Patients had problems after being given IVs intended for training, FDA reports

For more than 40 years, San Diego, CA-based Wallcur has been making products to train healthcare providers, including vets, how to safely and effectively mix and administer injectable drugs and other products so they will know how it is done when they get to the real thing. But the FDA says some of Wallcur's IV training products have made it into the U.S. supply chain and been used on patients with "serious adverse results."

A Practi-100mL IV Solution Bag with sterile distilled water, which simulates sodium chloride--Courtesy of Wallcur

The agency warned healthcare providers last week to be sure to read the labels of IV products carefully and not use any Wallcur simulated IV products on human or animal patients. In a MedWatch announcement, the FDA said some healthcare facilities had received and administered some of Wallcur's Practi IV Solution Bags to patients. The agency did not say how the products made it into the supply chain but said it is continuing to investigate and monitor the issue. A spokeswoman told U-T San Diego that because the incident is still under investigation, the agency was not releasing additional info.

Paul Delmore, counsel for the company, said in a phone interview Monday that the company is also still trying to determine how the products ended up being used on patients. "We are really still investigating this," Delmore said. "We found out about this mid last week and with the holiday, we are still trying to get our arms around it." He told U-T San Diego that the Wallcur products are marked "Not for human or animal injection. For clinical simulation only."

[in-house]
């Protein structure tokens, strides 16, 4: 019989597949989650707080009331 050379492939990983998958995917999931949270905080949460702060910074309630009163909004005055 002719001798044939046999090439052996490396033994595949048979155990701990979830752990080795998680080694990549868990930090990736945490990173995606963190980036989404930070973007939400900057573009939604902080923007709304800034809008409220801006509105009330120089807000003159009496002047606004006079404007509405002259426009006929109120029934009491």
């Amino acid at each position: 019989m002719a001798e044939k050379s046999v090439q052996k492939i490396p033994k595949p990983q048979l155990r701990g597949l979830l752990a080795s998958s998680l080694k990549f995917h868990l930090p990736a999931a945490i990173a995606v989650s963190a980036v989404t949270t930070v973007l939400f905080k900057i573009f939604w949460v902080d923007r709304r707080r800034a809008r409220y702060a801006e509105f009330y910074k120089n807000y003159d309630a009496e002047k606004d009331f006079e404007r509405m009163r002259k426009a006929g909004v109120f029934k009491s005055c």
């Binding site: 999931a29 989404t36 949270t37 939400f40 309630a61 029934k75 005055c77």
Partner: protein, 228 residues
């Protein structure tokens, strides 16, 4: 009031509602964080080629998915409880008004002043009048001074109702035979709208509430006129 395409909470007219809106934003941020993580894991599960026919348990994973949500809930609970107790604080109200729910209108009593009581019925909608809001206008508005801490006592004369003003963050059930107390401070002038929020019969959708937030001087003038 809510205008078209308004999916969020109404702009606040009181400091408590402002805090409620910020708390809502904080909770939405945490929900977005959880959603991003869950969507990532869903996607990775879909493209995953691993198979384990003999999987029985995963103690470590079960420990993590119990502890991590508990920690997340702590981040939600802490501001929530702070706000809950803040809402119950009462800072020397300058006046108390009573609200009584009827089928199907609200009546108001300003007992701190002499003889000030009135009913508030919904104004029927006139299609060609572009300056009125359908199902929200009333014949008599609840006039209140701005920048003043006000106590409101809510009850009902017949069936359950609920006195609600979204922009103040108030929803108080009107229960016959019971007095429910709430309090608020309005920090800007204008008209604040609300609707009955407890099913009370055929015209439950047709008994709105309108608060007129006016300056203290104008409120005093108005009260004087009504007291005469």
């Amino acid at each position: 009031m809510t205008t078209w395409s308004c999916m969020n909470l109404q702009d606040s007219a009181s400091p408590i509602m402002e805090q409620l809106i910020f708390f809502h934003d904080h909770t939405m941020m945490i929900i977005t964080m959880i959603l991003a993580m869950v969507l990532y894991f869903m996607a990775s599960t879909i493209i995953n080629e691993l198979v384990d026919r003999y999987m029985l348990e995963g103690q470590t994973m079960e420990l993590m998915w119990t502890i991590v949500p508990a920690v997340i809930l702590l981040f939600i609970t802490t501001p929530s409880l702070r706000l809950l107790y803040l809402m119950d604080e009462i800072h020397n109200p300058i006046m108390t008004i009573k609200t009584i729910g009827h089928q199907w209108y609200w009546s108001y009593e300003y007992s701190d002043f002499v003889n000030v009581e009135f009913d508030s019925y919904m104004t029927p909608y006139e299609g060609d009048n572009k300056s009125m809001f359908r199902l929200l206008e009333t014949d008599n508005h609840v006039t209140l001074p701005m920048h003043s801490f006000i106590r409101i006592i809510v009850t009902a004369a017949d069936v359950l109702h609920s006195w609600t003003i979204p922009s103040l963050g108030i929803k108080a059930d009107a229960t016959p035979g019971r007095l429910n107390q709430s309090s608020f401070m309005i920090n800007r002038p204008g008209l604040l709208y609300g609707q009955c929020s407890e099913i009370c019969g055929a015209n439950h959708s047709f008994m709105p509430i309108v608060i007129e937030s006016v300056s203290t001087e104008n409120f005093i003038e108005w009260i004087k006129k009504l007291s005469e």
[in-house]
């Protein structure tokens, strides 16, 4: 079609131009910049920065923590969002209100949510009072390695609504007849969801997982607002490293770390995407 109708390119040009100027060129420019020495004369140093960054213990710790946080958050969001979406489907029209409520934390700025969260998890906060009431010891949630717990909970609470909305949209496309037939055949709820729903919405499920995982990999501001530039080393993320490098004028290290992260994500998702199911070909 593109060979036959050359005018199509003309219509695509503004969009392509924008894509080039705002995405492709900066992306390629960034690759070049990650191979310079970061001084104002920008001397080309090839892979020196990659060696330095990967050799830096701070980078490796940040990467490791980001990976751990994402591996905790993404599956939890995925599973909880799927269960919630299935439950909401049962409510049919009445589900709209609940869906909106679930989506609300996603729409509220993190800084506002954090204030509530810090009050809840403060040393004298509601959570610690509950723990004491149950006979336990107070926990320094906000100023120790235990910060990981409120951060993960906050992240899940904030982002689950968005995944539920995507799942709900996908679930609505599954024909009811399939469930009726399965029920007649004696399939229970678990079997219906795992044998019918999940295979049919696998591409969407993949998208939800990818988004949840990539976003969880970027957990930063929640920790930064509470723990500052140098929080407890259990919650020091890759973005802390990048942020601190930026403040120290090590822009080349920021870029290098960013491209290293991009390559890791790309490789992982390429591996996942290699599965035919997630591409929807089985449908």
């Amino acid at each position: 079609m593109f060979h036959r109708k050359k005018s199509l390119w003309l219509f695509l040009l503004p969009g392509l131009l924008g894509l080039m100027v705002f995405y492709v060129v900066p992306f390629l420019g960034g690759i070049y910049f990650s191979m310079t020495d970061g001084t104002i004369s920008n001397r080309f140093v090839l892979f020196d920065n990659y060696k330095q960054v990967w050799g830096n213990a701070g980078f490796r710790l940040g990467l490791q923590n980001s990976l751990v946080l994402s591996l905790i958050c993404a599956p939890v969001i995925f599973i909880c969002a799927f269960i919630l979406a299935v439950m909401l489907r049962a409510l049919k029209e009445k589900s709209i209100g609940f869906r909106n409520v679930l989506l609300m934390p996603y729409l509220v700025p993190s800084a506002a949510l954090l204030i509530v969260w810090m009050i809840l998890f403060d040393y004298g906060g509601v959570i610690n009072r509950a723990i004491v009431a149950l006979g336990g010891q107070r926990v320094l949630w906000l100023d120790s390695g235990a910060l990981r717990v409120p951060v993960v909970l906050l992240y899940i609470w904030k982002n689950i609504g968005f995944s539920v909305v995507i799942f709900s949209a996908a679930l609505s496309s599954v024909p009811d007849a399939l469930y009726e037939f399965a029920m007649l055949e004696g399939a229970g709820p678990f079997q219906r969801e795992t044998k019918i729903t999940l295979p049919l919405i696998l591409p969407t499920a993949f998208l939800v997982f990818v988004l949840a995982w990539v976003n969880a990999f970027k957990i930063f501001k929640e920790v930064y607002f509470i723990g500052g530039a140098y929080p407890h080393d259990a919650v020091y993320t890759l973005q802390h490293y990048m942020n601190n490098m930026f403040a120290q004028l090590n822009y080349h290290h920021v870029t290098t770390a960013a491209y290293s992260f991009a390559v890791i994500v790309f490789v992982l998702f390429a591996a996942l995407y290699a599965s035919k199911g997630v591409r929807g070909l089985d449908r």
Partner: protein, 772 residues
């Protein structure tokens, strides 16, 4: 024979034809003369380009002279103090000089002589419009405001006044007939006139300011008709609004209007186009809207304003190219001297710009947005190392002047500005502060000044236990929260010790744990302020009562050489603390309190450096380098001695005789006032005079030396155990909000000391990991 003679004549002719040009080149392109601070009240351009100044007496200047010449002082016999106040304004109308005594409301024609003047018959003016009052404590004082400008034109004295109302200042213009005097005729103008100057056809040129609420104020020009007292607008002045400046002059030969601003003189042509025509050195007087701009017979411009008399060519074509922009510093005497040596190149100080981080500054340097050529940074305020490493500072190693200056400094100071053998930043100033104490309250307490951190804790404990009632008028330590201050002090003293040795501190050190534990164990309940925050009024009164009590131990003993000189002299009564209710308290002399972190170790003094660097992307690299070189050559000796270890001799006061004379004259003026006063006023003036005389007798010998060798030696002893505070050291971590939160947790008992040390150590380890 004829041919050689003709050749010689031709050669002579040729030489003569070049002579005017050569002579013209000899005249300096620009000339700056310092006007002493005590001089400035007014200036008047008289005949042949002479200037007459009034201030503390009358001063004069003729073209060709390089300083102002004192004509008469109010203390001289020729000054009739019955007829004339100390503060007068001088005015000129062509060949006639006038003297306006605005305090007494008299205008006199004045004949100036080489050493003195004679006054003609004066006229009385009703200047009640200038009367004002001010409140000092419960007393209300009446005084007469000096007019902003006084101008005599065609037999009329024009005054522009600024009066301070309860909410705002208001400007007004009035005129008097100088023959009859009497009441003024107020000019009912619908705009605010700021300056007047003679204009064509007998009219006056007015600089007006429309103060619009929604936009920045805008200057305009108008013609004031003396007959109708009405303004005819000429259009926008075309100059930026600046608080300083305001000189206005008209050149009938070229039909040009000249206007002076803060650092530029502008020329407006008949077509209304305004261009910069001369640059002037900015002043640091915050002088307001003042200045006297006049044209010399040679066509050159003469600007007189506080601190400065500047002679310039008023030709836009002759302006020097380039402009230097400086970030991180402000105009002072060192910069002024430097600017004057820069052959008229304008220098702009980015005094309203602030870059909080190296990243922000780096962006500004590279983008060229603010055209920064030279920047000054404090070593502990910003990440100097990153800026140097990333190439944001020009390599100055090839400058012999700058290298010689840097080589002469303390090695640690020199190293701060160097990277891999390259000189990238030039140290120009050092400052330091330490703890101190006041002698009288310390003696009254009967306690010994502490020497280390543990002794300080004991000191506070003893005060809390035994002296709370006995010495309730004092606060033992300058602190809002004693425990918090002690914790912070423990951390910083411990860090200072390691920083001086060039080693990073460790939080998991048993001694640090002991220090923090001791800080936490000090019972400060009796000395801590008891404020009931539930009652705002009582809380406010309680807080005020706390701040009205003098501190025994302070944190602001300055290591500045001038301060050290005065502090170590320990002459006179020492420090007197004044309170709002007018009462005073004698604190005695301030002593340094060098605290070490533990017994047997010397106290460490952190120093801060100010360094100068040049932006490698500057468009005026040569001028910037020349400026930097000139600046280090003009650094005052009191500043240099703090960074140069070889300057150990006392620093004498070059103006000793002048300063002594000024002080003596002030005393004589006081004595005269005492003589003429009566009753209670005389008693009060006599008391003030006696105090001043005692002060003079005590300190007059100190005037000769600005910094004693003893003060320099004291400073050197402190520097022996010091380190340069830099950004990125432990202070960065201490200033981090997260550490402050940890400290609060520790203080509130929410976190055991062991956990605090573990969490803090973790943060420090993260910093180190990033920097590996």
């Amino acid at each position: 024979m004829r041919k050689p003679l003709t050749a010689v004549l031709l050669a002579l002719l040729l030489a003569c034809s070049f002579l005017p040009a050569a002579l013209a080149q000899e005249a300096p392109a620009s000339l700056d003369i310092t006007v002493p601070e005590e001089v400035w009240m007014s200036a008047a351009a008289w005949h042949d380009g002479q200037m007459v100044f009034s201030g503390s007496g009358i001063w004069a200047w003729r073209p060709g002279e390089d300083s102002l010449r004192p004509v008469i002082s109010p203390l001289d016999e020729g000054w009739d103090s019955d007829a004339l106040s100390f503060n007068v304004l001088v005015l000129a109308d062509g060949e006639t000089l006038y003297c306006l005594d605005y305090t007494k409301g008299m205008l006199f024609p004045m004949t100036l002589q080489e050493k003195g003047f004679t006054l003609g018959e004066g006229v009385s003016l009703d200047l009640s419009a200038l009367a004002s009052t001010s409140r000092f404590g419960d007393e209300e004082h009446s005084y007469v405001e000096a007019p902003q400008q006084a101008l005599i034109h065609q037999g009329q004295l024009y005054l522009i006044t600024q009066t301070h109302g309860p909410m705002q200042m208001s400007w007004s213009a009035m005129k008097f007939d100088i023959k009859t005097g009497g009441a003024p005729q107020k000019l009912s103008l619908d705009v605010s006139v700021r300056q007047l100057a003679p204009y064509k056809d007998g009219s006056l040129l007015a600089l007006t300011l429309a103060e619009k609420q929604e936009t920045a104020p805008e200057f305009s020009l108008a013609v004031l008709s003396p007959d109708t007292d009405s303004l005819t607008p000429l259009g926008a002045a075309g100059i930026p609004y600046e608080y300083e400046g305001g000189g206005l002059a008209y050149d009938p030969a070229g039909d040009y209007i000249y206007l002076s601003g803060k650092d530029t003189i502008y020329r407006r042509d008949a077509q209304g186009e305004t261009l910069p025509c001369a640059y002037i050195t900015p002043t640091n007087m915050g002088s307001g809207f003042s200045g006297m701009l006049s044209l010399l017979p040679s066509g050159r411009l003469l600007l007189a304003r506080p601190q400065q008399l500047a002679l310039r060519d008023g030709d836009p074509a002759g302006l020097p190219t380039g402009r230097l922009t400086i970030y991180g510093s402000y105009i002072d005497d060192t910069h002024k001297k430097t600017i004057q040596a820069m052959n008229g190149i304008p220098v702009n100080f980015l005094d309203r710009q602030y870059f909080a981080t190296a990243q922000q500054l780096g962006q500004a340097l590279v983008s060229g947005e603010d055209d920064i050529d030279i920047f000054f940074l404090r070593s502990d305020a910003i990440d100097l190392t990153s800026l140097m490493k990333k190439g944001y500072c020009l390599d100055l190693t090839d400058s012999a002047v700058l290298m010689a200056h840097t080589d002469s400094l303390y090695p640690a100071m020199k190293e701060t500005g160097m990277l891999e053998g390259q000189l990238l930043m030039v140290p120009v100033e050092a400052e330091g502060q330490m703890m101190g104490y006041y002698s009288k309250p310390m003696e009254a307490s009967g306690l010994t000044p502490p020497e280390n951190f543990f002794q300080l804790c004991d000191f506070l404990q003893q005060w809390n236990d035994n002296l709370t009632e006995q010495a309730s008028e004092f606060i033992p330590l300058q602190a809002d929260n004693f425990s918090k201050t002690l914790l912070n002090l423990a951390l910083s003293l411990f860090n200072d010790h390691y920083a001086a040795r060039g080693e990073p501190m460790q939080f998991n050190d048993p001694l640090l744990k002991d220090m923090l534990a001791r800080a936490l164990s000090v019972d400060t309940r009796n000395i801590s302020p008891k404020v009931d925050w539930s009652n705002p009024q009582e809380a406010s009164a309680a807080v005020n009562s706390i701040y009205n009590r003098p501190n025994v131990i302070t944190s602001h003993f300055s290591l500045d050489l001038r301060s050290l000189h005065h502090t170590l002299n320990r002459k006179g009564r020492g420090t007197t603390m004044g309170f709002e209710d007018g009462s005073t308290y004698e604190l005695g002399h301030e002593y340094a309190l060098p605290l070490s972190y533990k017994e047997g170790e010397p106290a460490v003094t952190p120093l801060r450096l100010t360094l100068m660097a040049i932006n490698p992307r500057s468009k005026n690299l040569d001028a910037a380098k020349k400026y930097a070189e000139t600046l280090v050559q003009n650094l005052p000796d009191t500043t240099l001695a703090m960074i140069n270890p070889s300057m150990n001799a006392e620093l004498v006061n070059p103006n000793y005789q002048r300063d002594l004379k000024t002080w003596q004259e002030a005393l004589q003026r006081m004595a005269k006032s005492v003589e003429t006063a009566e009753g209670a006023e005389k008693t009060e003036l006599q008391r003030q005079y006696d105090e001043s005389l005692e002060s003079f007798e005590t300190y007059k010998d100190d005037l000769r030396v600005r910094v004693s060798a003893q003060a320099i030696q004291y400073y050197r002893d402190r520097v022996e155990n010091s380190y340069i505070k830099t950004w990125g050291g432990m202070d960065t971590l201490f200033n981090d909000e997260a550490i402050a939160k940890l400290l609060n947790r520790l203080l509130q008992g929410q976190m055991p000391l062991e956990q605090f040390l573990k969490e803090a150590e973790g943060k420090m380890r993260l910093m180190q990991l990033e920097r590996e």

The FDA has yet to give Wallcur all of the information the agency has about the incident, Delmore said. "We are not on that end of the information pipeline," he said.

The company does not know how many patients were administered the product, but as of last week the indication was it was fewer than four. The FDA has also told Wallcur how serious the reactions were. Delmore said the company doesn't believe there were any fatal reactions. "If there had been a death, I believe I would have been told," he said.

It has also not been told where the incidents occurred or in what kind of setting, or from whom the end user got the training product. The company usually sells to wholesalers, which then supply training operations, Delmore said. He said Wallcur is contacting all of its customers and asking them to return the products.

While there is the potential for adverse reactions with nearly any product that is being recalled, sometimes even the chance for death, those kinds of problems seldom arise. Last year, Baxter International ($BAX) reported adverse reactions in dialysis patients who had received a peritoneal product that was later found to have mold in it. At the time, the company pointed out that it had not yet been determined if the particulate was the cause of the reactions.

- here's the FDA MedWatch announcement
- get more from the FDA
- read more from U-T San Diego

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